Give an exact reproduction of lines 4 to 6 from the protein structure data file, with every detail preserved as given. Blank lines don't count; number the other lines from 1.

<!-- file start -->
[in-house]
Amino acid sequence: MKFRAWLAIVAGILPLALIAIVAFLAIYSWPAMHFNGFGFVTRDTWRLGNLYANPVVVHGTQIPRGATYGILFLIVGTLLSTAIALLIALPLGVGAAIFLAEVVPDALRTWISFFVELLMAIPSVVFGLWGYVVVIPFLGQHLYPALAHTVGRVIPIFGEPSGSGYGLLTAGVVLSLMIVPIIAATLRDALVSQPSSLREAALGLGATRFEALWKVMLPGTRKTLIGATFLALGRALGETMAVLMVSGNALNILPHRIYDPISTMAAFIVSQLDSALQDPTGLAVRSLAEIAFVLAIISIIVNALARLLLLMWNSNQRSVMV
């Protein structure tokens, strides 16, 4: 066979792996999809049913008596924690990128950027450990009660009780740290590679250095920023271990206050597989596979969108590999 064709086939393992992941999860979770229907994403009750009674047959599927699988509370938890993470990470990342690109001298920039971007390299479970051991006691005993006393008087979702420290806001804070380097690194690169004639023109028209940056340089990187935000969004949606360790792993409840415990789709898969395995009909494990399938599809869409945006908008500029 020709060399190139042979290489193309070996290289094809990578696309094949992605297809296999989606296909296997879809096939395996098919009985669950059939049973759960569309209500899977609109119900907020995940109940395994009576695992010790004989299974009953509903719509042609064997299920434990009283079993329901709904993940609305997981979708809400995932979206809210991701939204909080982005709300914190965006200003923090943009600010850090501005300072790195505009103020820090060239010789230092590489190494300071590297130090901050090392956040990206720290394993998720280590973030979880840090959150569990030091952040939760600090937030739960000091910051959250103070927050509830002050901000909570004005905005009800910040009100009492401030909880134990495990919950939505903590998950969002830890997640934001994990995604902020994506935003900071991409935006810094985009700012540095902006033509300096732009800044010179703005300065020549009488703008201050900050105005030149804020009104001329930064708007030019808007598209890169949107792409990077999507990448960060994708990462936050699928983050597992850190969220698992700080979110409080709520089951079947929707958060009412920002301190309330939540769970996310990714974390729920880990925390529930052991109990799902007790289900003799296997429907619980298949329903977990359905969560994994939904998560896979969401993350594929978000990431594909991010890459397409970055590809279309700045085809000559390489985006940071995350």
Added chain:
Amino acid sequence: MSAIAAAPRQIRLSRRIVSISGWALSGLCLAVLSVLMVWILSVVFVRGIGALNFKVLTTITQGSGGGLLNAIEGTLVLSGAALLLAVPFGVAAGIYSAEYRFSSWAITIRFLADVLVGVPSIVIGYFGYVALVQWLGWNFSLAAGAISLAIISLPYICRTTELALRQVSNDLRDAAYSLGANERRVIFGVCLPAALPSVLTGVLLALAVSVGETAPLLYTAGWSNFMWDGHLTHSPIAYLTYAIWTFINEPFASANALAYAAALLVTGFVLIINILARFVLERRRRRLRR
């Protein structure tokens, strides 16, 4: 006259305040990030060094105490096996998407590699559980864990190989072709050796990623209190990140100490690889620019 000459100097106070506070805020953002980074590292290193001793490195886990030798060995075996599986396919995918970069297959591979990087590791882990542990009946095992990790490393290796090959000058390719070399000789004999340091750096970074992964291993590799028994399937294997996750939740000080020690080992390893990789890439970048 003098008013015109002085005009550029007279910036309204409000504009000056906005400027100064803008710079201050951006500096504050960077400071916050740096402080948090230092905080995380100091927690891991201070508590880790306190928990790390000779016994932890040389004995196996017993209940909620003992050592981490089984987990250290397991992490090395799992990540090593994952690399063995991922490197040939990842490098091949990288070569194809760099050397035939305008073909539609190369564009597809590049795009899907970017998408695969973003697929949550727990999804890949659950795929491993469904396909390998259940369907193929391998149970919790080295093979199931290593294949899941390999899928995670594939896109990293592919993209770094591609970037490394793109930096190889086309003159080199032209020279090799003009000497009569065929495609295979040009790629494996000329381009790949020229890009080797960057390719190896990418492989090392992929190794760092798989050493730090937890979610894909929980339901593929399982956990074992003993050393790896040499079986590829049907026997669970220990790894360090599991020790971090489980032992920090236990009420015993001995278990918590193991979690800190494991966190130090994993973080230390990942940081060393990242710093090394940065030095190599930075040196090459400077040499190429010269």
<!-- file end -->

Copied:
Added chain:
Amino acid sequence: MSAIAAAPRQIRLSRRIVSISGWALSGLCLAVLSVLMVWILSVVFVRGIGALNFKVLTTITQGSGGGLLNAIEGTLVLSGAALLLAVPFGVAAGIYSAEYRFSSWAITIRFLADVLVGVPSIVIGYFGYVALVQWLGWNFSLAAGAISLAIISLPYICRTTELALRQVSNDLRDAAYSLGANERRVIFGVCLPAALPSVLTGVLLALAVSVGETAPLLYTAGWSNFMWDGHLTHSPIAYLTYAIWTFINEPFASANALAYAAALLVTGFVLIINILARFVLERRRRRLRR
């Protein structure tokens, strides 16, 4: 006259305040990030060094105490096996998407590699559980864990190989072709050796990623209190990140100490690889620019 000459100097106070506070805020953002980074590292290193001793490195886990030798060995075996599986396919995918970069297959591979990087590791882990542990009946095992990790490393290796090959000058390719070399000789004999340091750096970074992964291993590799028994399937294997996750939740000080020690080992390893990789890439970048 003098008013015109002085005009550029007279910036309204409000504009000056906005400027100064803008710079201050951006500096504050960077400071916050740096402080948090230092905080995380100091927690891991201070508590880790306190928990790390000779016994932890040389004995196996017993209940909620003992050592981490089984987990250290397991992490090395799992990540090593994952690399063995991922490197040939990842490098091949990288070569194809760099050397035939305008073909539609190369564009597809590049795009899907970017998408695969973003697929949550727990999804890949659950795929491993469904396909390998259940369907193929391998149970919790080295093979199931290593294949899941390999899928995670594939896109990293592919993209770094591609970037490394793109930096190889086309003159080199032209020279090799003009000497009569065929495609295979040009790629494996000329381009790949020229890009080797960057390719190896990418492989090392992929190794760092798989050493730090937890979610894909929980339901593929399982956990074992003993050393790896040499079986590829049907026997669970220990790894360090599991020790971090489980032992920090236990009420015993001995278990918590193991979690800190494991966190130090994993973080230390990942940081060393990242710093090394940065030095190599930075040196090459400077040499190429010269």